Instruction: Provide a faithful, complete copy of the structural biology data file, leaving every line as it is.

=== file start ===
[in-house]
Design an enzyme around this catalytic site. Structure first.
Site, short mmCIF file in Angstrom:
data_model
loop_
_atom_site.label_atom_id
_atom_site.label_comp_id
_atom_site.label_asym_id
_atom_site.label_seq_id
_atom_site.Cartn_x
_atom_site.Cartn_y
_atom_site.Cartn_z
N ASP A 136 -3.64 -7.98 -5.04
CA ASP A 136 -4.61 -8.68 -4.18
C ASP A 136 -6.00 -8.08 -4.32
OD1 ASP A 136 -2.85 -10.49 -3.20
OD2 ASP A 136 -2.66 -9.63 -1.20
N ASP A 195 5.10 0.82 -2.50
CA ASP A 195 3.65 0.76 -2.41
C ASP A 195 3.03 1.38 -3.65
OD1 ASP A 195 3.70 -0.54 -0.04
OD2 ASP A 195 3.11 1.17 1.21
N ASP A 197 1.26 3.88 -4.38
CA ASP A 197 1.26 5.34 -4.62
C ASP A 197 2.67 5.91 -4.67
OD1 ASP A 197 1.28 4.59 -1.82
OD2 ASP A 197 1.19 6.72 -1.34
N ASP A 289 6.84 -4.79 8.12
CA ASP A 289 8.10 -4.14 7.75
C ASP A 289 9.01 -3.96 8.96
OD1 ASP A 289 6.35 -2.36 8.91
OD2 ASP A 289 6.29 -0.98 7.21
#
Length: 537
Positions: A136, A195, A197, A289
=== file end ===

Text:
[in-house]
Design an enzyme around this catalytic site. Structure first.
Site, short mmCIF file in Angstrom:
data_model
loop_
_atom_site.label_atom_id
_atom_site.label_comp_id
_atom_site.label_asym_id
_atom_site.label_seq_id
_atom_site.Cartn_x
_atom_site.Cartn_y
_atom_site.Cartn_z
N ASP A 136 -3.64 -7.98 -5.04
CA ASP A 136 -4.61 -8.68 -4.18
C ASP A 136 -6.00 -8.08 -4.32
OD1 ASP A 136 -2.85 -10.49 -3.20
OD2 ASP A 136 -2.66 -9.63 -1.20
N ASP A 195 5.10 0.82 -2.50
CA ASP A 195 3.65 0.76 -2.41
C ASP A 195 3.03 1.38 -3.65
OD1 ASP A 195 3.70 -0.54 -0.04
OD2 ASP A 195 3.11 1.17 1.21
N ASP A 197 1.26 3.88 -4.38
CA ASP A 197 1.26 5.34 -4.62
C ASP A 197 2.67 5.91 -4.67
OD1 ASP A 197 1.28 4.59 -1.82
OD2 ASP A 197 1.19 6.72 -1.34
N ASP A 289 6.84 -4.79 8.12
CA ASP A 289 8.10 -4.14 7.75
C ASP A 289 9.01 -3.96 8.96
OD1 ASP A 289 6.35 -2.36 8.91
OD2 ASP A 289 6.29 -0.98 7.21
#
Length: 537
Positions: A136, A195, A197, A289